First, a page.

• 16. Start With Hypothesis – Buyer/User ‘W’ – In Market Segment “X” – Has problem “Y” – That happens when “Z” occurs – We can solve it by creating/delivering solution “A” E.g.: Owners of small manufacturing operations that use hot water & steam are unable to manage manufacturing costs due to the volatility of fuel prices. We can solve this by providing a high temperature solar heating system under a lease agreement. © Copyright 2012 to 2014, The Lûcrum Group, Inc
  • 17. Validate the Hypothesis (1) • Market problem and market segment(s) • Speaking to potential customers (buyers & users) – Most companies don’t and won’t do this • Significant time investment – Requires many conversations (cold calling) • Minimum: 20 conversations • May take over 100 conversations • Iterate until validated or rejected © Copyright 2012 to 2014, The Lûcrum Group, Inc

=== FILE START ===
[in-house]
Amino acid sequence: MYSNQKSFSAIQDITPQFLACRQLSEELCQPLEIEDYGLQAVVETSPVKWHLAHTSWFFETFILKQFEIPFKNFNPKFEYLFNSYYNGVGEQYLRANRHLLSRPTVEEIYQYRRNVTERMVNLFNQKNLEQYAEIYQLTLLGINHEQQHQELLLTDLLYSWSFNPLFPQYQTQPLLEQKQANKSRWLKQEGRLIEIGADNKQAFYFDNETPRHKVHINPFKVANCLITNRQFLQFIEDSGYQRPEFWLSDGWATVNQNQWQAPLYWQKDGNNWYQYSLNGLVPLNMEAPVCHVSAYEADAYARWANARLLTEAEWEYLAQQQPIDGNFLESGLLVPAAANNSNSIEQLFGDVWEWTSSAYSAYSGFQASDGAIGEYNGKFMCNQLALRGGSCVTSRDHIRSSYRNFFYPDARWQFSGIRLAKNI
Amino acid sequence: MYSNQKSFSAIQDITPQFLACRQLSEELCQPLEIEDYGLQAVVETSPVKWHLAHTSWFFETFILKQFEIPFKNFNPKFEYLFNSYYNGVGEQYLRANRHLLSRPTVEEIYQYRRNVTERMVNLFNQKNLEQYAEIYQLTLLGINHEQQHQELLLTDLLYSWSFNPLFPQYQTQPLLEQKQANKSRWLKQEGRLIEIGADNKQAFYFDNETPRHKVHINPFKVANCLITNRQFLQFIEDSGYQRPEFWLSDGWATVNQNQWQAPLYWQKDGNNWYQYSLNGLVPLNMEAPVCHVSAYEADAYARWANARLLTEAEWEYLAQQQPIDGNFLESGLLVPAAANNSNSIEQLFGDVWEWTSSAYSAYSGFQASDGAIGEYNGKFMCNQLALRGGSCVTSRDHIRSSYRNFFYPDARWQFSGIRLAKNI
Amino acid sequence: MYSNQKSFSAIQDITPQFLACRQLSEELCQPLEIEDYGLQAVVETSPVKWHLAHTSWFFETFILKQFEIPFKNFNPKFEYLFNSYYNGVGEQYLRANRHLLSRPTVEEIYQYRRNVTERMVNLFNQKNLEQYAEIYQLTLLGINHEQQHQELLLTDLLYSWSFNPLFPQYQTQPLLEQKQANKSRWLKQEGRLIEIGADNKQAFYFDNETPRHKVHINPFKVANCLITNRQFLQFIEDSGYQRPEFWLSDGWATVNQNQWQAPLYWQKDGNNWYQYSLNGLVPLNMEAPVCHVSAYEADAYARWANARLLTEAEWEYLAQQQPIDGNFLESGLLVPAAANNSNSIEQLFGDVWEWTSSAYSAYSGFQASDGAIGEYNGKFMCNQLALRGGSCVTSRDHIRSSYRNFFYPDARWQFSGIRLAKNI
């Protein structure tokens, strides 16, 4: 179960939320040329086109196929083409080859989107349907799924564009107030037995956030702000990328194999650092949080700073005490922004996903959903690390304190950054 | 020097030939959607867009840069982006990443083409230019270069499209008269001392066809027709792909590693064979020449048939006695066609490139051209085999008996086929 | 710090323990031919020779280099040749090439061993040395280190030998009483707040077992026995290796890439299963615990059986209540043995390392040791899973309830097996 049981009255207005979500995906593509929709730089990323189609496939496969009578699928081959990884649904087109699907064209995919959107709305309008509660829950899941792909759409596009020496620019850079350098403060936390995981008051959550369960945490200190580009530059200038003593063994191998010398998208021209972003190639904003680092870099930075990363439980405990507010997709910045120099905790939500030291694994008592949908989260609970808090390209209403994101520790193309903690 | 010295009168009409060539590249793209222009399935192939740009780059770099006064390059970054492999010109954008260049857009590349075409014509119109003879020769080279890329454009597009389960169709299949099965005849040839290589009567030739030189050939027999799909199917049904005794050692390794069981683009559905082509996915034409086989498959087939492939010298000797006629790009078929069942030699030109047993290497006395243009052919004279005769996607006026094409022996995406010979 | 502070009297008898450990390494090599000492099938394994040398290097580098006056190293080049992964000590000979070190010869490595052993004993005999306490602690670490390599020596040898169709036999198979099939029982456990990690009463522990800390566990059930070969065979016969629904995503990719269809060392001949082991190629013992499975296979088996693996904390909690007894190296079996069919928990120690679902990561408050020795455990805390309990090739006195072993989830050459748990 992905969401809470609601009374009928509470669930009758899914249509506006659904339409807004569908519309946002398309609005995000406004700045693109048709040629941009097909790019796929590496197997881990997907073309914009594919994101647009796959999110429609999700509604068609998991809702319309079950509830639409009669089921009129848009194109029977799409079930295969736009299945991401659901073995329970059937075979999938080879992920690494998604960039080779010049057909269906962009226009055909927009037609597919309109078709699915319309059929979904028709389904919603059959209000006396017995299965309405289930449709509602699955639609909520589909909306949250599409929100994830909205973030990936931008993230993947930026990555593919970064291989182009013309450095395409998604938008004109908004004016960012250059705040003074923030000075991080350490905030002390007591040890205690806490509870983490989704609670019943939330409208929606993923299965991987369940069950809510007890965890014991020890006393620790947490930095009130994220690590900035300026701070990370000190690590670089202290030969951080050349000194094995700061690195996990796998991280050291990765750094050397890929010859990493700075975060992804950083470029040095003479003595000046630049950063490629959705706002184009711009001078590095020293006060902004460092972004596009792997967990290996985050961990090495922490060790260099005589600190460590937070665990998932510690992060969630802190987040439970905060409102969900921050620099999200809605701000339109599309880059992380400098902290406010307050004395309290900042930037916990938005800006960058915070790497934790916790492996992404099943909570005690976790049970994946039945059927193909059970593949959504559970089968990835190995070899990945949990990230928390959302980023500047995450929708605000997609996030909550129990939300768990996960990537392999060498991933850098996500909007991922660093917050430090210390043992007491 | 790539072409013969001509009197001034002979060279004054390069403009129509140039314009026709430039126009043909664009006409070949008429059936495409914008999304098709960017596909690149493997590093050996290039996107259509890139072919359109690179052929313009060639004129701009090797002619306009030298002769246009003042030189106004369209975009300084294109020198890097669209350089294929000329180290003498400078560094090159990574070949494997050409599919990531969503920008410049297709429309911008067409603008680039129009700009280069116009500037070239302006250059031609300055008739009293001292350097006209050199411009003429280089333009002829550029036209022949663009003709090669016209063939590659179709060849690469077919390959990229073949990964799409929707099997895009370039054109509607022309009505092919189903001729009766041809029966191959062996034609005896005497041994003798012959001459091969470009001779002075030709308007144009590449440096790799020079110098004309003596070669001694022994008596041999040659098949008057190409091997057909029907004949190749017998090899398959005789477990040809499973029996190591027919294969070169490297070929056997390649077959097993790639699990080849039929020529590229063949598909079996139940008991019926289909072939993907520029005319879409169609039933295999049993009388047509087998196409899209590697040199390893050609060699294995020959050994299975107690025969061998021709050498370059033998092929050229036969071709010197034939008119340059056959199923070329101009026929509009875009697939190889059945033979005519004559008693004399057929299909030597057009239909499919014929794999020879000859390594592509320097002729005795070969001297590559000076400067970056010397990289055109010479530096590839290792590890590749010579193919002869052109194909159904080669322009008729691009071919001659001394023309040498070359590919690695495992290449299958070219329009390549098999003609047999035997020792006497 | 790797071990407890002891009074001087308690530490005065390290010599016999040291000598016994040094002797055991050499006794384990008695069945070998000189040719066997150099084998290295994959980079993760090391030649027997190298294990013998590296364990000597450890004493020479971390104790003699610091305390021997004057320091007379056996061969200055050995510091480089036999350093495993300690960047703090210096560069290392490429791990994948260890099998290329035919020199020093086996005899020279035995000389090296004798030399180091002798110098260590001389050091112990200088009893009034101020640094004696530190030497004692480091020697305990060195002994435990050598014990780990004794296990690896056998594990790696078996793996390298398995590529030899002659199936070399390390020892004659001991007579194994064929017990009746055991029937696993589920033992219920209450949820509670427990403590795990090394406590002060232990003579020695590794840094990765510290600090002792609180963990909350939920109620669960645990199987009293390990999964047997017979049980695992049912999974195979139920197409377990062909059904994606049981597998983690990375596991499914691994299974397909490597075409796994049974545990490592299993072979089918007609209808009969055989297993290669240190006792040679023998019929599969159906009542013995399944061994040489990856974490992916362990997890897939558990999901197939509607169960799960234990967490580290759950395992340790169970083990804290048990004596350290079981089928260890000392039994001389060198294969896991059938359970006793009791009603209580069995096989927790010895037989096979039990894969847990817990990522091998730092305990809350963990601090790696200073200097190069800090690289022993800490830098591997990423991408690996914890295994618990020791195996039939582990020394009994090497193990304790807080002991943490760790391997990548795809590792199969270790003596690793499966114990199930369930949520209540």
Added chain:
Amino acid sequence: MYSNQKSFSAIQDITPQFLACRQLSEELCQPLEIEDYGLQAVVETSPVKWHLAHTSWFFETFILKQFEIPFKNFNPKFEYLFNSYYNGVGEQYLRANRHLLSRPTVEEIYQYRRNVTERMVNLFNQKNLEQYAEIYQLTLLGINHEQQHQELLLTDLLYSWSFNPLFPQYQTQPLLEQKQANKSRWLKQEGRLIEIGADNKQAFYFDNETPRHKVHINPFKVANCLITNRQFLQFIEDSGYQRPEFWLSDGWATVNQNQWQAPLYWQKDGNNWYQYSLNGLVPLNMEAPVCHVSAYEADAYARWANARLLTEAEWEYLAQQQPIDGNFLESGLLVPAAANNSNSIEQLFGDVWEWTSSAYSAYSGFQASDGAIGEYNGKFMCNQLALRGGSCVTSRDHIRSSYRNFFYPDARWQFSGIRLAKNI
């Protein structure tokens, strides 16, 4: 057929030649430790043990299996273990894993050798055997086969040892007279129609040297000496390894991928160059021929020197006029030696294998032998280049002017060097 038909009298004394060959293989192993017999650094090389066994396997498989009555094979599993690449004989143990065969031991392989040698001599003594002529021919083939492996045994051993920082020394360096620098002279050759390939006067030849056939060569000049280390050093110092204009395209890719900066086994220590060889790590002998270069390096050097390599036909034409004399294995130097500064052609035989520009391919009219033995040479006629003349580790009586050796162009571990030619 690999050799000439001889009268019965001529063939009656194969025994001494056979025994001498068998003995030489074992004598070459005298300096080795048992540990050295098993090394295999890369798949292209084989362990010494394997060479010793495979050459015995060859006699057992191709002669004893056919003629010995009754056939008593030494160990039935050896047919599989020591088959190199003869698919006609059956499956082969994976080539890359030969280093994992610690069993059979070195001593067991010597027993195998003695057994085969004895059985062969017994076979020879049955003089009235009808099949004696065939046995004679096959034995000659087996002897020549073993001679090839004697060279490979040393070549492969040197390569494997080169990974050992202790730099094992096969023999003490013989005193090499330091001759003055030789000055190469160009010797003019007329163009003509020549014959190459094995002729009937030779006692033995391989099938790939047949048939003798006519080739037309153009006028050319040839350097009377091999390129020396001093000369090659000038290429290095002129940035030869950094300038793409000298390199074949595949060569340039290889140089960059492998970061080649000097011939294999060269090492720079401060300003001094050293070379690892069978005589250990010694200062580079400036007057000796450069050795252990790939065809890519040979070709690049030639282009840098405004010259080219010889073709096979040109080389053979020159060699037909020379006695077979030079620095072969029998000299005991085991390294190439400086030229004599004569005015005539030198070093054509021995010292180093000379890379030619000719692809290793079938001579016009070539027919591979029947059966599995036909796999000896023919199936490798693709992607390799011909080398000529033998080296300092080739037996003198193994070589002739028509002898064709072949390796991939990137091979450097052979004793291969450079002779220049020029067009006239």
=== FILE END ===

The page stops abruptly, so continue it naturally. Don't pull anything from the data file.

• 18. Validate Hypothesis (2) • Create product & business model concept – Low cost way of presenting product concept – Mockup, prototype, wire frame, story board, presentation, product description • Validate product & business model concept – Present concept and receive feedback • Does the problem still resonate? • Does the approach solve the problem? • What is the Minimum Viable Product (MVP) • Iterate until validated or rejected © Copyright 2012 to 2014, The Lûcrum Group, Inc
  • 19. Validate Opportunity • Define & discover at greater depth • Competitive research (strategy, position, strength) • Validate the market opportunity – Business Case - Can it be profitable? • Detailed design of product & business model – Market requirements, product requirements, user stories, etc. – Pricing model, delivery mechanism, costs to deliver, etc. • Iterate until validated or rejected © Copyright 2012 to 2014, The Lûcrum Group, Inc